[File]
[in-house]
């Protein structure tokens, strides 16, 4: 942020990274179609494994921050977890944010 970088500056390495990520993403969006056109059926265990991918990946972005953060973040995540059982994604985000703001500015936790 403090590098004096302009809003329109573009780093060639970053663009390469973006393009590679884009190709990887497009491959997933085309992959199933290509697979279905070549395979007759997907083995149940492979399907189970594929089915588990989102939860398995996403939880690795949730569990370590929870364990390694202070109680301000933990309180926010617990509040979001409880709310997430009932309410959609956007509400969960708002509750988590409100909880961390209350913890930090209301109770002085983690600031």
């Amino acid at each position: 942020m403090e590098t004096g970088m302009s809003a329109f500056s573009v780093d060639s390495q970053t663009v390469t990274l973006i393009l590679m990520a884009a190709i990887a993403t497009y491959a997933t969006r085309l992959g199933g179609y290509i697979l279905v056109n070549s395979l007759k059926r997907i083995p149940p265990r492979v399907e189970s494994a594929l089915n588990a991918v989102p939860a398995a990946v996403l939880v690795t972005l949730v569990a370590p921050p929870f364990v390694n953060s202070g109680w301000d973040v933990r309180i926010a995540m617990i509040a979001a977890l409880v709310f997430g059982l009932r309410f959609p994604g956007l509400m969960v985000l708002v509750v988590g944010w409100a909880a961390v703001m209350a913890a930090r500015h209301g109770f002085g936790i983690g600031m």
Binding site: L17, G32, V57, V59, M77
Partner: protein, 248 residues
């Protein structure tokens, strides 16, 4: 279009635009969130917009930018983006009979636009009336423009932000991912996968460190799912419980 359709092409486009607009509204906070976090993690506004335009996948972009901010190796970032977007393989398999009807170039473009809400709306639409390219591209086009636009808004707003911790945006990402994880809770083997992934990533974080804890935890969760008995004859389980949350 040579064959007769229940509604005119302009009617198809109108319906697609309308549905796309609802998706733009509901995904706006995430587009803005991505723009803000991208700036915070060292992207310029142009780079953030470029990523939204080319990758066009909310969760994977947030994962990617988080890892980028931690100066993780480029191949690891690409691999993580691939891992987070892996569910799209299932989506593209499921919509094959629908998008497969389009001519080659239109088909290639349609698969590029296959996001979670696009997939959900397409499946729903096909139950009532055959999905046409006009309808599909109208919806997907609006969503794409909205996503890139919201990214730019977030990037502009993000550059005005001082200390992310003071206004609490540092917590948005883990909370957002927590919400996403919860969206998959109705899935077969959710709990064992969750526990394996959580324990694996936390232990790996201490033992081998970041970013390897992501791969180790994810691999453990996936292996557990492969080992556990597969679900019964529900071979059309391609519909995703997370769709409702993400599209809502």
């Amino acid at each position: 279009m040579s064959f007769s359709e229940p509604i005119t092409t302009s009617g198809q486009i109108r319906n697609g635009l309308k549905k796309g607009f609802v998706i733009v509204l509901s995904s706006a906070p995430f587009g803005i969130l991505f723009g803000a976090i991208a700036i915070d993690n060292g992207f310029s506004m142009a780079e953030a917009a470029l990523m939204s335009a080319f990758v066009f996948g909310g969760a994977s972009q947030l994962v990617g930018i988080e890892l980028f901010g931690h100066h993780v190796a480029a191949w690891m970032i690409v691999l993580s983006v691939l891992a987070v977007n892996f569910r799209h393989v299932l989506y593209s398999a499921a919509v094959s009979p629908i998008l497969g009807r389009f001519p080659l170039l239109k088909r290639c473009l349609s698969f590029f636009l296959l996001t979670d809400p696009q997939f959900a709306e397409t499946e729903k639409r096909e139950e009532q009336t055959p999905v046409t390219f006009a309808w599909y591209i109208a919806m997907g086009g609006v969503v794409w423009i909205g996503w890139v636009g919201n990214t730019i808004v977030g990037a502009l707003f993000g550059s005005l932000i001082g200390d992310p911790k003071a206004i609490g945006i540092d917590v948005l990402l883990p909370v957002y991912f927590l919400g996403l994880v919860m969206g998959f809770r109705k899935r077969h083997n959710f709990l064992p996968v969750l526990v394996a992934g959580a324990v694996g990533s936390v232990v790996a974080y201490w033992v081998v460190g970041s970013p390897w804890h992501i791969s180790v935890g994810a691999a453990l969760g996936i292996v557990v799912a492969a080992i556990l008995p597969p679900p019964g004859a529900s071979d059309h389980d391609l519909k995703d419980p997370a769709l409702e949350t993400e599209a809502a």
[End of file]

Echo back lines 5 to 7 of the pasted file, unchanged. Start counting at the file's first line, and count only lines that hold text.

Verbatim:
Partner: protein, 248 residues
């Protein structure tokens, strides 16, 4: 279009635009969130917009930018983006009979636009009336423009932000991912996968460190799912419980 359709092409486009607009509204906070976090993690506004335009996948972009901010190796970032977007393989398999009807170039473009809400709306639409390219591209086009636009808004707003911790945006990402994880809770083997992934990533974080804890935890969760008995004859389980949350 040579064959007769229940509604005119302009009617198809109108319906697609309308549905796309609802998706733009509901995904706006995430587009803005991505723009803000991208700036915070060292992207310029142009780079953030470029990523939204080319990758066009909310969760994977947030994962990617988080890892980028931690100066993780480029191949690891690409691999993580691939891992987070892996569910799209299932989506593209499921919509094959629908998008497969389009001519080659239109088909290639349609698969590029296959996001979670696009997939959900397409499946729903096909139950009532055959999905046409006009309808599909109208919806997907609006969503794409909205996503890139919201990214730019977030990037502009993000550059005005001082200390992310003071206004609490540092917590948005883990909370957002927590919400996403919860969206998959109705899935077969959710709990064992969750526990394996959580324990694996936390232990790996201490033992081998970041970013390897992501791969180790994810691999453990996936292996557990492969080992556990597969679900019964529900071979059309391609519909995703997370769709409702993400599209809502």
């Amino acid at each position: 279009m040579s064959f007769s359709e229940p509604i005119t092409t302009s009617g198809q486009i109108r319906n697609g635009l309308k549905k796309g607009f609802v998706i733009v509204l509901s995904s706006a906070p995430f587009g803005i969130l991505f723009g803000a976090i991208a700036i915070d993690n060292g992207f310029s506004m142009a780079e953030a917009a470029l990523m939204s335009a080319f990758v066009f996948g909310g969760a994977s972009q947030l994962v990617g930018i988080e890892l980028f901010g931690h100066h993780v190796a480029a191949w690891m970032i690409v691999l993580s983006v691939l891992a987070v977007n892996f569910r799209h393989v299932l989506y593209s398999a499921a919509v094959s009979p629908i998008l497969g009807r389009f001519p080659l170039l239109k088909r290639c473009l349609s698969f590029f636009l296959l996001t979670d809400p696009q997939f959900a709306e397409t499946e729903k639409r096909e139950e009532q009336t055959p999905v046409t390219f006009a309808w599909y591209i109208a919806m997907g086009g609006v969503v794409w423009i909205g996503w890139v636009g919201n990214t730019i808004v977030g990037a502009l707003f993000g550059s005005l932000i001082g200390d992310p911790k003071a206004i609490g945006i540092d917590v948005l990402l883990p909370v957002y991912f927590l919400g996403l994880v919860m969206g998959f809770r109705k899935r077969h083997n959710f709990l064992p996968v969750l526990v394996a992934g959580a324990v694996g990533s936390v232990v790996a974080y201490w033992v081998v460190g970041s970013p390897w804890h992501i791969s180790v935890g994810a691999a453990l969760g996936i292996v557990v799912a492969a080992i556990l008995p597969p679900p019964g004859a529900s071979d059309h389980d391609l519909k995703d419980p997370a769709l409702e949350t993400e599209a809502a």